Those who had doubts about Jaya Bachchan's acting capacities needed only to have watched her performance at her in-laws' village, Babupatti, in Pratapgarh, Uttar Pradesh last week. How well Bachchan plays stereotypes!
Though she did not actually visit the ancestral home of her family-by-marriage (the family migrated to Allahabad some decades ago) she acted out beautifully the role of a dutiful bahu, a very different one from the saas-bahu versions currently fashionable.
She spoke little, said in a soft voice that she was overcome with feelings, cried a little and appeared visibly to struggle with her emotions as she inaugurated the public reading room in her father-in-law's memory.
Buoyed by the performance in Pratapgarh, Jaya announced in the Rajya Sabha that she would contest in the Supreme Court the Election Commission's advice to the President of India that in being appointed to the UP Film Federation Corporation as chairman, she had held an office of profit. The court will decide, on the basis of the Constitution and law, what an office of profit really is.
The President, meanwhile, has taken off to the happier climes of Myanmar and Mauritius and will take a view on the matter only after he returns. But frankly, the discussion is irrelevant. The UP Assembly is in the process of passing a law to exempt the chairmanship of certain corporations and boards from the ambit of offices of profit.
So though she may be disqualified this time, Jaya is sure to return to the Rajya Sabha -- or maybe not; she might prefer the Lok Sabha. It is up to her, really.
The Congress is trying to hide. The genius who gave the party the advice that it should start a campaign around Jaya's supposed avarice and hunger for power by leveraging the office of profit theme must be in the dog-house.
Jaya has squarely put the blame for the controversy on the Congress. It is hard to argue with her, as the complainant is a defeated Congress candidate from Kanpur.
In the kachehari of every tehsil in UP, every Mathur and Shrivastava (law is usually the chosen profession of Kayasthas. Harivansh Rai Bachchan, one of UP's most famous Hindi poets and Amitabh Bachchan's father, was an aberration) is discussing angrily the treatment the Congress has meted out to a fellow Kayastha.
Brahmins are upset, too. You can't insult Harivansh Rai Bachchan's family in UP and hope to be forgiven.
The Kayastha and Brahmin votes in UP are not large enough to secure victory in individual constituencies. But they can influence the verdict in a large number of seats, especially in Allahabad, Gorakhpur, Bareilly and Western UP.
Worse, if the Jaya Bachchan issue really gains ground, the Congress will face a serious problem in states such as Haryana and Andhra Pradesh, where the party has secured landslide victories. In Haryana, for instance, the Congress has 67 out of 90 seats. The number of ministers allowed in the state government after the Sarkaria Commission gave its recommendation is 12.
What do you give to the rest of the 55 legislators, especially when each one believes the party is in power because of him? You make them chairmen of boards, corporations and societies, give them the rank of minister of state and hope they'll be content with that.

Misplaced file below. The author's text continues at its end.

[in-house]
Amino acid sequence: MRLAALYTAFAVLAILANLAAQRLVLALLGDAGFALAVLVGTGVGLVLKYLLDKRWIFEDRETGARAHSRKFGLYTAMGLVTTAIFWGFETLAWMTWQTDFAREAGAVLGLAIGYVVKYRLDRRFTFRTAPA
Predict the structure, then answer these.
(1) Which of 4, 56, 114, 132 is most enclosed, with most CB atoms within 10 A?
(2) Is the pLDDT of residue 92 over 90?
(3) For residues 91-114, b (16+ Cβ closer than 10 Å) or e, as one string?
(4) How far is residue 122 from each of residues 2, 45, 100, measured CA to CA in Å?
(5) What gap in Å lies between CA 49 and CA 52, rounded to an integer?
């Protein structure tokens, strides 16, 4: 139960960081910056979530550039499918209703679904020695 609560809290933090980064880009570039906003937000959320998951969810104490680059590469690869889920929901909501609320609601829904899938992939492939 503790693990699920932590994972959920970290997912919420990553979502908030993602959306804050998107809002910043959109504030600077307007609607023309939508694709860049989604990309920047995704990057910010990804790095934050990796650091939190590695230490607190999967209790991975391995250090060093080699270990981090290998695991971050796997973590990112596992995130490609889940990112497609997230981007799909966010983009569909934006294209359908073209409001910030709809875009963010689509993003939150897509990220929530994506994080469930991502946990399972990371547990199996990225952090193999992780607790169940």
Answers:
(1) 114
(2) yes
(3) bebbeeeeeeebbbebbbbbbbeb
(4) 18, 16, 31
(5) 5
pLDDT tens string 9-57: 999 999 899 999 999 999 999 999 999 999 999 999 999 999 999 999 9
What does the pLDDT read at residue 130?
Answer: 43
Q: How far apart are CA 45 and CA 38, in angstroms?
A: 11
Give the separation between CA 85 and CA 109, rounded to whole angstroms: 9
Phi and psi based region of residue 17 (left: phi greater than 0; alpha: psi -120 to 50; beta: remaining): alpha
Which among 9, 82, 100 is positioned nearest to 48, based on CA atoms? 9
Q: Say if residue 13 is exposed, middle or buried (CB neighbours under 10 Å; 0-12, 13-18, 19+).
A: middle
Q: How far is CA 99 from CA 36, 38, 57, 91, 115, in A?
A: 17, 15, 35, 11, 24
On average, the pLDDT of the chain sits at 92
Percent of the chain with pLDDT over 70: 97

If those are not an office of profit, neither is Bachchan's appointment. Any way you look at it, it is an embarrassment for the Congress.
The Mulayam Singh Yadav-led Samajwadi Party is milking the incident for everything it can. The Kayastha and Brahmin votes in UP had moved to the Bharatiya Janata Party, and now that the BJP is in bad shape in UP, is looking around for a party to back. SP will be it's natural choice now.
Though Varanasi blasts are a punctuation mark for the Brahmins, Jaya's 'humiliation' -- whose mother-in-law Teji played chaperone to Sonia Gandhi before her marriage to Rajiv (these gestures matter a lot in caste and family politics-ridden UP) -- will not be countenanced.
Those who are confused about the way Yadav always targets the Bahujan Samaj Party as the SP's primary enemy instead of the BJP, which should be his primary enemy, should rest assured. Yadav knows what he's doing.
So long as the Dalit vote in UP is alive and behind Mayawati's BSP, the SP doesn't need to worry. The day Dalits start voting for the Congress, Yadav will be out of Kalidas Marg before he can say 'AB Corp.'
So while others may say Yadav's influence is on the wane in UP because of the half a dozen electoral defeats his party has suffered in the past few months in UP, this isn't so. He may have lost the election to the BSP. But it is the BSP that is standing between his government and a resurgent Congress.
What Yadav is trying to do is to revive Chaudhary Charan Singh's AJGAR caste combination -- a rainbow coalition of middle castes such as Jats, Ahirs, Yadavs, Gujjars and Thakurs, and now, thanks to the Congress and Jaya Bachchan, a section of Brahmins and Kayasthas as well.
With the Dalits with Mayawati and no one really with the Congress, the party might go down from nine seats in the Lok Sabha, to two.
There is pronounced anti-incumbency against Yadav's government. This is to be expected. But despite this, if in Western UP, for instance, Thakurs and Jats get together, neither the BJP nor the Congress have a chance.
The Bulandshahar Lok Sabha seat is a good example. Kalyan Singh, once the BJP's chief minister, won from this Lodh (his caste) dominated seat this time by a margin of just 6,000 votes.Ajit Singh and Yadav fought the Lok Sabha election separately but Ajit Singh's candidate was not a strong one. If it had been, Kalyan Singh would surely have been trounced. But a couple of more incidents such as the Jaya Bachchan one and Yadav will be on a comeback trail -- both in the Centre and in the state.